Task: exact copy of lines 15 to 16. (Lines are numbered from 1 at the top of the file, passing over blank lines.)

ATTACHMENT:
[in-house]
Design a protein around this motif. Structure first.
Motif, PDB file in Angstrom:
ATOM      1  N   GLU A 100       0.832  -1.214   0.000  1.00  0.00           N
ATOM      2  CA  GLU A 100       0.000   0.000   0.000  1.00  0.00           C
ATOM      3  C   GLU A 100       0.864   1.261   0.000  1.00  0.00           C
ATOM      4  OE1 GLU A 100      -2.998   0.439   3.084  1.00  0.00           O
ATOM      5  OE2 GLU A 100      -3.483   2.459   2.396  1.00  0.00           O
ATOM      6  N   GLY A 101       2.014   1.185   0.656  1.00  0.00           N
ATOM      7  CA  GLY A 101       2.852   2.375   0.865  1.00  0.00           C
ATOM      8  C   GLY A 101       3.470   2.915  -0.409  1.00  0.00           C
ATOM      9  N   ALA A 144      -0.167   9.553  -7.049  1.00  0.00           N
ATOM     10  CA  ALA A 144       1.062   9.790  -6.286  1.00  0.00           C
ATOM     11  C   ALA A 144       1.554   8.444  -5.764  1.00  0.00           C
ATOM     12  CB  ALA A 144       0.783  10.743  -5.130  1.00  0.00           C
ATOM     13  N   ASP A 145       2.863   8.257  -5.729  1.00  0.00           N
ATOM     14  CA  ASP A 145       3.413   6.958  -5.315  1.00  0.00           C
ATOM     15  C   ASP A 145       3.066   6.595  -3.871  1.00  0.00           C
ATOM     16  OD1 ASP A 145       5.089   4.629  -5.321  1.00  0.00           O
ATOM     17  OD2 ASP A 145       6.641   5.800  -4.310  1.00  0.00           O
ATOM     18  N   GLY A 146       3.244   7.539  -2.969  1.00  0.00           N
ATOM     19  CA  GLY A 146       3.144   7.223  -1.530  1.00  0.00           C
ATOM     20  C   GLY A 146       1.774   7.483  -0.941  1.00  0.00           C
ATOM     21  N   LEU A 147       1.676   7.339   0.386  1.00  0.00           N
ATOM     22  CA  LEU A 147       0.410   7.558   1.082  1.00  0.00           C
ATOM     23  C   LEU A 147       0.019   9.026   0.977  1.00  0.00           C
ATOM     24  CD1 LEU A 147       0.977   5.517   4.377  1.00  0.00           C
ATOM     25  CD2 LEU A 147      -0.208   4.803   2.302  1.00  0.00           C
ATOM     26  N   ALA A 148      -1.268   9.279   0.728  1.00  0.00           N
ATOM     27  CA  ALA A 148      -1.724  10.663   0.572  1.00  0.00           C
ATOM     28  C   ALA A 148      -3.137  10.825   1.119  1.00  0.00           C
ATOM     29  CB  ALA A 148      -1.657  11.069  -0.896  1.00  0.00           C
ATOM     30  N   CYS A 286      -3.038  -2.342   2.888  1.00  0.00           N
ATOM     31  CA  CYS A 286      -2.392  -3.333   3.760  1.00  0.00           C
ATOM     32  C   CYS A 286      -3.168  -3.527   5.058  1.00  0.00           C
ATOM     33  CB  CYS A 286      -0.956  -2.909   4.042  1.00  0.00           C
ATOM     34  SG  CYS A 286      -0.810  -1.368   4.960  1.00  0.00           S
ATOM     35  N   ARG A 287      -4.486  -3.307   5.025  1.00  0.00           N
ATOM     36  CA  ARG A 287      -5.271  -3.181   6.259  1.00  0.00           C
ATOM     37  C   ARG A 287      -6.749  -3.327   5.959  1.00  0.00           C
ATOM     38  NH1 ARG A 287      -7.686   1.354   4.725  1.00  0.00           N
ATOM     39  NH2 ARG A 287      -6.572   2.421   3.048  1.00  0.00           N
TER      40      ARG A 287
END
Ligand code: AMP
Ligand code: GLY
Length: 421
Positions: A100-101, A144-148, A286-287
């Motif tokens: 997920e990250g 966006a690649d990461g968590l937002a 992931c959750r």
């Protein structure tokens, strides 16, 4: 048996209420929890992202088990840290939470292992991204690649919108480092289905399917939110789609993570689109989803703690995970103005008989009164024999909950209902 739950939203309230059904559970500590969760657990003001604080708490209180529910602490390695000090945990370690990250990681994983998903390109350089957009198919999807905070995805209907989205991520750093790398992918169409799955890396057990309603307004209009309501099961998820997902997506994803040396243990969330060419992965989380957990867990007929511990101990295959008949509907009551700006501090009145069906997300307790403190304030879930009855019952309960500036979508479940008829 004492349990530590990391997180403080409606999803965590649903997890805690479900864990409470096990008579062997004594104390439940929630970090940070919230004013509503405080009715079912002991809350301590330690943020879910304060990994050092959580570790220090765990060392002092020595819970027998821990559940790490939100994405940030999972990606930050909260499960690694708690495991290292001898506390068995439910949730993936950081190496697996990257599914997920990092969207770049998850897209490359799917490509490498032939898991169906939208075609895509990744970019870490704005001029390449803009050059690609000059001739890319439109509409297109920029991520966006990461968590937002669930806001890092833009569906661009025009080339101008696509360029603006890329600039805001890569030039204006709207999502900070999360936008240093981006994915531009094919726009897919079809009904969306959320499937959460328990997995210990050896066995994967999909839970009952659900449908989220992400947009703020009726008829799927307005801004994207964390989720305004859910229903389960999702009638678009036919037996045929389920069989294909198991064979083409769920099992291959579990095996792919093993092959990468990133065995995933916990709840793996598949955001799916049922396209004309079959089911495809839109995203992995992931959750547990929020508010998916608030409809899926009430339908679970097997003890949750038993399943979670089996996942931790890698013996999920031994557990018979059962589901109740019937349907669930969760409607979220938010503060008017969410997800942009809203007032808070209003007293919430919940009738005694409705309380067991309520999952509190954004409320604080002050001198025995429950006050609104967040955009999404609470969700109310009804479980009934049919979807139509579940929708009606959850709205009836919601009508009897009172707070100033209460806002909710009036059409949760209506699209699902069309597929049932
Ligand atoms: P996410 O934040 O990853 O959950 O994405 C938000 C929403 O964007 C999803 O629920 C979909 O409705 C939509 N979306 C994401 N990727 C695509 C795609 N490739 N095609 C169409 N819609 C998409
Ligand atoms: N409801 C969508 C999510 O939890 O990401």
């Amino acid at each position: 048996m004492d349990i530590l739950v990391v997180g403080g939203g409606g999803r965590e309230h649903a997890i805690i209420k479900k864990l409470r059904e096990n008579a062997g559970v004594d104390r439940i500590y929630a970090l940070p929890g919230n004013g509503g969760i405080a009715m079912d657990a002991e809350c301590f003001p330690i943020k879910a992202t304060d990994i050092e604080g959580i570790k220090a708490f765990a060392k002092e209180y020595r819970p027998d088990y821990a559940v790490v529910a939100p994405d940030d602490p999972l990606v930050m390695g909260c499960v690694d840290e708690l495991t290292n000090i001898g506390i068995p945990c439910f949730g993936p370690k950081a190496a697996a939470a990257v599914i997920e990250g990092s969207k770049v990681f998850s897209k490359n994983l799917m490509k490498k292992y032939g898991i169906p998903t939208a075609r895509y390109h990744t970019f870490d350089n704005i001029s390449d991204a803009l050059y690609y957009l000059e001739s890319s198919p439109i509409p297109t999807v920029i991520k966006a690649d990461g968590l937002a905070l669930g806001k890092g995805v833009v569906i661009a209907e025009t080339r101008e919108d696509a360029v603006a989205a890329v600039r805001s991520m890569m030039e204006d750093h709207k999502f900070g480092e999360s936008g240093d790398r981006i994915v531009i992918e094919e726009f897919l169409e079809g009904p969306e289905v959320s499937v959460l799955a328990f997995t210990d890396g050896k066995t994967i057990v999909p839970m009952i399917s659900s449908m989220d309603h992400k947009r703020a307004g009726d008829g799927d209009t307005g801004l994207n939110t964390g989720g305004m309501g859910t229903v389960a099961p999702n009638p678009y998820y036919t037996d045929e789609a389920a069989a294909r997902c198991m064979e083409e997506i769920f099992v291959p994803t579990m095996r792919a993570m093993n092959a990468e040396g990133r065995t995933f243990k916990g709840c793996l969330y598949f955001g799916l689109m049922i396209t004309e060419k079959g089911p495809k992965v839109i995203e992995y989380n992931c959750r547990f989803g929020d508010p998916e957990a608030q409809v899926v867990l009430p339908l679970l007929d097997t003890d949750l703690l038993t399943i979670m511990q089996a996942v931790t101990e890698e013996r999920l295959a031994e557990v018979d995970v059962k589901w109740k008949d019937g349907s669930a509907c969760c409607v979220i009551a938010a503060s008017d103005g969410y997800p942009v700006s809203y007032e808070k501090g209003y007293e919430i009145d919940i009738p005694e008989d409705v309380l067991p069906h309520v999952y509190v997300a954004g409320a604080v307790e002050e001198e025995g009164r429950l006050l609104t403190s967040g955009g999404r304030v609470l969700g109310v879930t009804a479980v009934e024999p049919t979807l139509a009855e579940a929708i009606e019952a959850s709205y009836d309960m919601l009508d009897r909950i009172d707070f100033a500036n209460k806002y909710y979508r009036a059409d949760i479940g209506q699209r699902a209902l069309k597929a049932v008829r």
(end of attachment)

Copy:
ATOM     12  CB  ALA A 144       0.783  10.743  -5.130  1.00  0.00           C
ATOM     13  N   ASP A 145       2.863   8.257  -5.729  1.00  0.00           N